Calm Dhoni proves a point


The former India all-rounder proclaimed that experience was something that couldn’t be bought or sold in a market place. No praise can be too high for the manner in which Dhoni remained unruffled and guarded and encouraged Bhuvneshwar Kumar, who eventually outscored his former captain, to help India survive a mighty scare.

If Dhoni’s detractors thought it was a one-off occurrence at this stage of his career when such finishing acts have become increasingly less in numbers, Dhoni repeated his act in the third ODI, although in a relatively less chaotic situation.

Indeed, an experience of 300 matches -- Thursday’s fourth match of the series will be Dhoni’s 300th ODI -- can’t be bought from a shop. Even as for and against debates on the merits of Dhoni’s presence in the team rage on among pundits and commoners alike in TV studios and social media, the man himself stays far removed from all the noise and clutter around his continuation till the 2019 World Cup in England.

On Thursday, he will become the sixth Indian player to have played 300 ODIs after Sachin Tendulkar (463), Rahul Dravid (340), Mohammad Azharuddin (334), Sourav Ganguly (308) and Yuvraj Singh (304). Dhoni, in fact, will become only the second wicketkeeper-batsman in the world after Kumar Sangakkara (404) to reach the milestone.

And all things being equal, Dhoni can displace Adam Gilchrist as the second highest run-getter among keeper-batsmen and Mark Boucher as a stumper with third highest dismissals (see statistics box).

It’s a monumental accomplishment by any stretch of imagination, and that a small-town boy with no real cricketing pedigree has achieved it, makes it even more special. In Dhoni’s cricketing CV, this may not be his biggest feat though. He has won the World Cup (2011), Champions Trophy (2013), World T20 (2007) and also helmed the Test team that became No 1 for the first time since the introduction of rankings by the ICC. That being said, the number 300 is a fitting tribute to his longevity and sustained success for almost 13 years of gruelling international cricket which also includes 90 Tests and 77 T20Is.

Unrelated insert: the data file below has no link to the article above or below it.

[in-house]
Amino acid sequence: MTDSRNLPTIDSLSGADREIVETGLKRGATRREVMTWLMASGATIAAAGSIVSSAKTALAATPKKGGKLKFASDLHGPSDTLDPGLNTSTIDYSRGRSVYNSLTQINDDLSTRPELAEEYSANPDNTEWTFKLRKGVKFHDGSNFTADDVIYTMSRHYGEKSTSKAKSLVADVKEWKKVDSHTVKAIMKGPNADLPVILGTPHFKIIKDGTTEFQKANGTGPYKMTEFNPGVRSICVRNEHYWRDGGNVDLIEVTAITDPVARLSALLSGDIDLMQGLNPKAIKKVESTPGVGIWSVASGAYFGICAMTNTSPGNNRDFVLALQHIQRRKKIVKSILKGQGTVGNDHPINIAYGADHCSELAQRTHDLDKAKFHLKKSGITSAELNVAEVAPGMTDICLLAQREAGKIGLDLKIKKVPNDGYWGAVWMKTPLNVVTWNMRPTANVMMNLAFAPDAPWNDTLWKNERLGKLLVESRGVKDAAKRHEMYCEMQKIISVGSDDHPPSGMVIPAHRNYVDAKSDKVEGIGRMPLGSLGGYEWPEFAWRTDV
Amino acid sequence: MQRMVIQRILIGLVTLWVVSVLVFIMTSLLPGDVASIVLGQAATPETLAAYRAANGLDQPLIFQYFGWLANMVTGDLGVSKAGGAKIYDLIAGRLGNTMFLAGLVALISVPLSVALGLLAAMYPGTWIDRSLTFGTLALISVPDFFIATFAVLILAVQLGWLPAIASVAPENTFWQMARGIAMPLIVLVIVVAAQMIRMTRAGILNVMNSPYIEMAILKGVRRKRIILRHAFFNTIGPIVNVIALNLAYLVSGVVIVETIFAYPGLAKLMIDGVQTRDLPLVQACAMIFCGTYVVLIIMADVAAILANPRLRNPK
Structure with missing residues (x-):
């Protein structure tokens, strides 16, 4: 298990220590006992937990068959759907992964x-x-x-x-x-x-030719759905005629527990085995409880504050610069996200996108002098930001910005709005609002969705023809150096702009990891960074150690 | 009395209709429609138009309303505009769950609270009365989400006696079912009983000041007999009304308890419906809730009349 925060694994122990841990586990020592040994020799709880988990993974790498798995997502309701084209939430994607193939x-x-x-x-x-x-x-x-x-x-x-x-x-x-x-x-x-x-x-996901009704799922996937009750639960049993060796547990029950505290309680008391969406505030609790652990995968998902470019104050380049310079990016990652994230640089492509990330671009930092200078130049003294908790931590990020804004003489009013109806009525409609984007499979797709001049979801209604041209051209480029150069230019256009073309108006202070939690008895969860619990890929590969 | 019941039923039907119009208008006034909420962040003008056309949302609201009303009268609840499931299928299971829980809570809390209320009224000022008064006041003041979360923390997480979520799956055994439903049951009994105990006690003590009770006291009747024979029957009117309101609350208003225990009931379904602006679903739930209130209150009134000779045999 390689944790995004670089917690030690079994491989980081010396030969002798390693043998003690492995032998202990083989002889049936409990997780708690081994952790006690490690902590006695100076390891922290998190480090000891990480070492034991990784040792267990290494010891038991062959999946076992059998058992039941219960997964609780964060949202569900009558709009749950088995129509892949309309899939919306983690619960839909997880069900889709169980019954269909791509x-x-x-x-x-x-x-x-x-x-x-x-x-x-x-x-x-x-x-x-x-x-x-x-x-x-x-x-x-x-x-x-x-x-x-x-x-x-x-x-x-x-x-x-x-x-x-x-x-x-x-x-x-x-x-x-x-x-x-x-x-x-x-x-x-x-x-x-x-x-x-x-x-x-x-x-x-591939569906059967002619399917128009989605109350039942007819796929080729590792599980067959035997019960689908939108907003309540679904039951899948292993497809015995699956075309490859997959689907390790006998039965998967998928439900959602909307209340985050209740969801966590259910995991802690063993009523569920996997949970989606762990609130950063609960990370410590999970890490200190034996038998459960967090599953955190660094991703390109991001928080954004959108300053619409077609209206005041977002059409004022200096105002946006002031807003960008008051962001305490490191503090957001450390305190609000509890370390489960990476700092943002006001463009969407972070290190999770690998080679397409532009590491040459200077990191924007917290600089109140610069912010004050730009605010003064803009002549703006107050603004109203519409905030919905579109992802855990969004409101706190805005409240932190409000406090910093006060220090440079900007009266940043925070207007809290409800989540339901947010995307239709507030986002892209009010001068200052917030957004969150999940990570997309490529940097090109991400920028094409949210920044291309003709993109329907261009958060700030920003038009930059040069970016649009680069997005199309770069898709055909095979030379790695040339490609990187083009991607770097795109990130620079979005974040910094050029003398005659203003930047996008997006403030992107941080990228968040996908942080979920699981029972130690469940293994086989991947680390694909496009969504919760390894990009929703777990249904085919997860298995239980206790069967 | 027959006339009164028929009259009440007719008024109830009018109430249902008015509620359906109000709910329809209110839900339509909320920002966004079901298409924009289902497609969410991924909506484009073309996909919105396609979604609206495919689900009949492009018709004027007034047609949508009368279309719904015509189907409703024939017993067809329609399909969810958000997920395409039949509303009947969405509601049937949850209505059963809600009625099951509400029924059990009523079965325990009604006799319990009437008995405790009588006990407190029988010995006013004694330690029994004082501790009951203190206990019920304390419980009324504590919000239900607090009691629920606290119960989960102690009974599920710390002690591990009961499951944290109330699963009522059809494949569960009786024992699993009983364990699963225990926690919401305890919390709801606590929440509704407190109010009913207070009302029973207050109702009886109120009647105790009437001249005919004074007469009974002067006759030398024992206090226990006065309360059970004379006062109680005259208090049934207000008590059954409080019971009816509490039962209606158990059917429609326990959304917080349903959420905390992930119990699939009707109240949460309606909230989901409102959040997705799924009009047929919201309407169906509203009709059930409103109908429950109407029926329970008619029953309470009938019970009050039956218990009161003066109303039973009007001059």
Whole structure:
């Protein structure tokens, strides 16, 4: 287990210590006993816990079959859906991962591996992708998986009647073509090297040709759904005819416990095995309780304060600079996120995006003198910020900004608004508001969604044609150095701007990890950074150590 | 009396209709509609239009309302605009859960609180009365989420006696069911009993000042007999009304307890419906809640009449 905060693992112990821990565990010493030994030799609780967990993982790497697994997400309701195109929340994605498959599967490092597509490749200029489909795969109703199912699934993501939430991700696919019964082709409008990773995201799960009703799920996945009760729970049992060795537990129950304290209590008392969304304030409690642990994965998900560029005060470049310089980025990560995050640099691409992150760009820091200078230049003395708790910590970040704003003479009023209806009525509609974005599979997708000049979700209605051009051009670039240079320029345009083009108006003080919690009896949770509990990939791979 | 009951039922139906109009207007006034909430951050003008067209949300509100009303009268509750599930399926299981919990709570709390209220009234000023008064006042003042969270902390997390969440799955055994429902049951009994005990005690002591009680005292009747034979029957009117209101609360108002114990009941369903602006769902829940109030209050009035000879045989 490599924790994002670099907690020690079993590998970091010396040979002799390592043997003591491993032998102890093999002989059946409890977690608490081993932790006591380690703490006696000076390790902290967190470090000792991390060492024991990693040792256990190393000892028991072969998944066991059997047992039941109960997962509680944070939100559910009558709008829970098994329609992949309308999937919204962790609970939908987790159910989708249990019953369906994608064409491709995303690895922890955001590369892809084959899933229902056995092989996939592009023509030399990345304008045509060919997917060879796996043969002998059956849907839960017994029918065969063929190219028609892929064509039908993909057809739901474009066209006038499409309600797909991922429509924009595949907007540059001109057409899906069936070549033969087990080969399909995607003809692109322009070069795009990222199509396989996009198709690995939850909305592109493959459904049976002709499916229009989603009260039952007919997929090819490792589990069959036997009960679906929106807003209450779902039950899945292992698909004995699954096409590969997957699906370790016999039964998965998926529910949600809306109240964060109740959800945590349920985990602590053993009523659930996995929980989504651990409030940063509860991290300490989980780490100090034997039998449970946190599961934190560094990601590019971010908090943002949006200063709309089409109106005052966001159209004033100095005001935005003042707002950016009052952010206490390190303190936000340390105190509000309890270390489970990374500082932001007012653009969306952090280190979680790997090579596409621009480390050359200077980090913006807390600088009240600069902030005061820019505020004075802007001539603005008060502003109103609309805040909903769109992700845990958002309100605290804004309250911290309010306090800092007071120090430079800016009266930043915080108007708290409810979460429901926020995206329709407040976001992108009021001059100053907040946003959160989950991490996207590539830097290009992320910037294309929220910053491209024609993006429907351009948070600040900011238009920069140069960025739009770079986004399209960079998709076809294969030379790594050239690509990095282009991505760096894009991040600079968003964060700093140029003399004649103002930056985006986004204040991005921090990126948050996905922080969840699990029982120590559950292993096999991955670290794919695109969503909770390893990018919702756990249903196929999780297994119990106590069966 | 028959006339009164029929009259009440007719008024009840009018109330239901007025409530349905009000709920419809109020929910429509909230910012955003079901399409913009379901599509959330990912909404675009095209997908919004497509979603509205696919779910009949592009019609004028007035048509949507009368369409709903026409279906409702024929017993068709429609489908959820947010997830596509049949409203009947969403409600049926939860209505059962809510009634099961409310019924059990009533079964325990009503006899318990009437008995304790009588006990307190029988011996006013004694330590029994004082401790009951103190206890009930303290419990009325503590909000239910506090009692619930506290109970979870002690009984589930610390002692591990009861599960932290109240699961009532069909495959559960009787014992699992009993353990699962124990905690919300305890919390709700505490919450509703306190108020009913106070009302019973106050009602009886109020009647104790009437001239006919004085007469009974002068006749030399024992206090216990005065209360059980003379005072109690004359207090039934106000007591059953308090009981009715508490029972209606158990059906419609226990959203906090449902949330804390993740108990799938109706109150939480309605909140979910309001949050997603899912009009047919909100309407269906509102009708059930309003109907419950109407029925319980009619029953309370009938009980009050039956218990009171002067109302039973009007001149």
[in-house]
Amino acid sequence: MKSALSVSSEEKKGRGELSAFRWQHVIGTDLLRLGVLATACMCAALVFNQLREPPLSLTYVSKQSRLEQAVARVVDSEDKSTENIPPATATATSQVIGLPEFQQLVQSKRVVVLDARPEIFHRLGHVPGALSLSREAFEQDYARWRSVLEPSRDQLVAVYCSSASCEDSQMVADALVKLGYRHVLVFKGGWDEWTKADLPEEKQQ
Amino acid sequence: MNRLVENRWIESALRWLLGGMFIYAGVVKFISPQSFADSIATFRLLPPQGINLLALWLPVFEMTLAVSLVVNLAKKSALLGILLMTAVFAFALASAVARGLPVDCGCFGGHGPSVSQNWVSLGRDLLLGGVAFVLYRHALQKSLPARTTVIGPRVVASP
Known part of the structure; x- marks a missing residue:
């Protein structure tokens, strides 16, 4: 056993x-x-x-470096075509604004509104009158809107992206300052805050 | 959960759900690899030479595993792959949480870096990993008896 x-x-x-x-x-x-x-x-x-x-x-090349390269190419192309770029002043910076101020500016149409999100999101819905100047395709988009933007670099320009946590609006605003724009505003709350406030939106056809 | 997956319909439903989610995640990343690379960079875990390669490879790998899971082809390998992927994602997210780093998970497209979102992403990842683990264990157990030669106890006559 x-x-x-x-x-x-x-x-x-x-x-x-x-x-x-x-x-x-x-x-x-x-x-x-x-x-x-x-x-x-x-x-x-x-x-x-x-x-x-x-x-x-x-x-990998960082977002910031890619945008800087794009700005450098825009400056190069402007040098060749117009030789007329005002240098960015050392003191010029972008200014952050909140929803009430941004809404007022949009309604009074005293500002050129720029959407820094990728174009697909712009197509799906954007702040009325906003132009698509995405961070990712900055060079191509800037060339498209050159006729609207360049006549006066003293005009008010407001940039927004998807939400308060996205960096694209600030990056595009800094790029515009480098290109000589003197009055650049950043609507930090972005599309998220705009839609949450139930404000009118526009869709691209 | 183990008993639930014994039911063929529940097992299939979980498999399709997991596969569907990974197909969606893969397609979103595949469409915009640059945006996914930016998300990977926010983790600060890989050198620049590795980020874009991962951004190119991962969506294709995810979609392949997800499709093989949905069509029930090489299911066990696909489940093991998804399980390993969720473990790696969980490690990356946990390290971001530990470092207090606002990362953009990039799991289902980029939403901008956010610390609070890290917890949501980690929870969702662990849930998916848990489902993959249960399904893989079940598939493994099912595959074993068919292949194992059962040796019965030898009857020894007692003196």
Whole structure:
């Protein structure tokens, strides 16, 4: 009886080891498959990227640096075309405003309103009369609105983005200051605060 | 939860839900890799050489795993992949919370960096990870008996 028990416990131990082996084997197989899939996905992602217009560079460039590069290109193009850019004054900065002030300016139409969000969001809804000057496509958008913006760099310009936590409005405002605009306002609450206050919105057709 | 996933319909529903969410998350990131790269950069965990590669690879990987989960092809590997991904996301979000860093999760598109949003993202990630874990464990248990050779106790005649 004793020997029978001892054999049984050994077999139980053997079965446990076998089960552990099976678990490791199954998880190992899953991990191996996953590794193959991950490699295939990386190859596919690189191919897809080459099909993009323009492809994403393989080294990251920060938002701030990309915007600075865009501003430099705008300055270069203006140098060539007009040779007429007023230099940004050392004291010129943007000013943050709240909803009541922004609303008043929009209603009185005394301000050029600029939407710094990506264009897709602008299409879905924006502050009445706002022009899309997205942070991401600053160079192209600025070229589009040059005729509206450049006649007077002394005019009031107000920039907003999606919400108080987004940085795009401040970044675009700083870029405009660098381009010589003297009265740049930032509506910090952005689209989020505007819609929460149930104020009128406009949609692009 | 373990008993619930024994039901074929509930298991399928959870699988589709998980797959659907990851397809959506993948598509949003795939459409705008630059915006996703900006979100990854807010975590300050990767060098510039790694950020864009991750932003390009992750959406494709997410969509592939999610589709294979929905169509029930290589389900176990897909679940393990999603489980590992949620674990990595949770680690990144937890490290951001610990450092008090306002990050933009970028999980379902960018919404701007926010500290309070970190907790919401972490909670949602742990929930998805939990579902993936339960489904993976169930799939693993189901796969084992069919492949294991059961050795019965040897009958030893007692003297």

While Dhoni’s Test batting record is good without being extraordinary, his ODI batting credentials are second to none. He is easily one of world’s best one-day batsmen of all time and arguably the finest finisher the game has ever seen in this format. The last two one-day internationals against Sri Lanka only drove home the point that form is temporary and class is permanent.

While his batting box is ticked, is he still India’s best wicketkeeper? A definite yes, when it comes to limited-overs cricket. He may not be your classically-moulded, easy-on-the-eye stumper but few have been as effective. That he has taken 61 matches less to effect a joint world-record 99 stumpings than Sangakkara (he took 360) is an indicator of his quick reflexes and unmatched skills with the big gloves that are often masked because of his unorthodox style.

With time, team’s priorities differ, roles change and requirements come in different shapes and sizes. The new team management constantly harps on high fitness standards for players, intends to assign a particular task to each player in the core it intends to develop for the World Cup and at the same time expects them to be flexible according to team’s demands. The question is does Dhoni fit into these scheme of things? And the answer to that is an emphatic yes again. If anything, he looks more assured and exudes a quiet confidence. The clam influence that he has on the team has never been more obvious.

Dhoni the captain has effortlessly slipped into Dhoni the mentor and it adds a different dynamic to the team. The bowlers trust and value his inputs on their lines and lengths to different batsmen, skipper Virat Kohli is constantly in discussion with him about field settings and none can be more reliable when it comes to taking DRS. These are only a few additional values accumulated over years of experience that he brings to the table apart from his main tasks of batting and wicketkeeping.

Fielding coach R Sridhar was asked the other day about Dhoni’s usefulness to the team as a package and his answer was “invaluable”. That’s the word.

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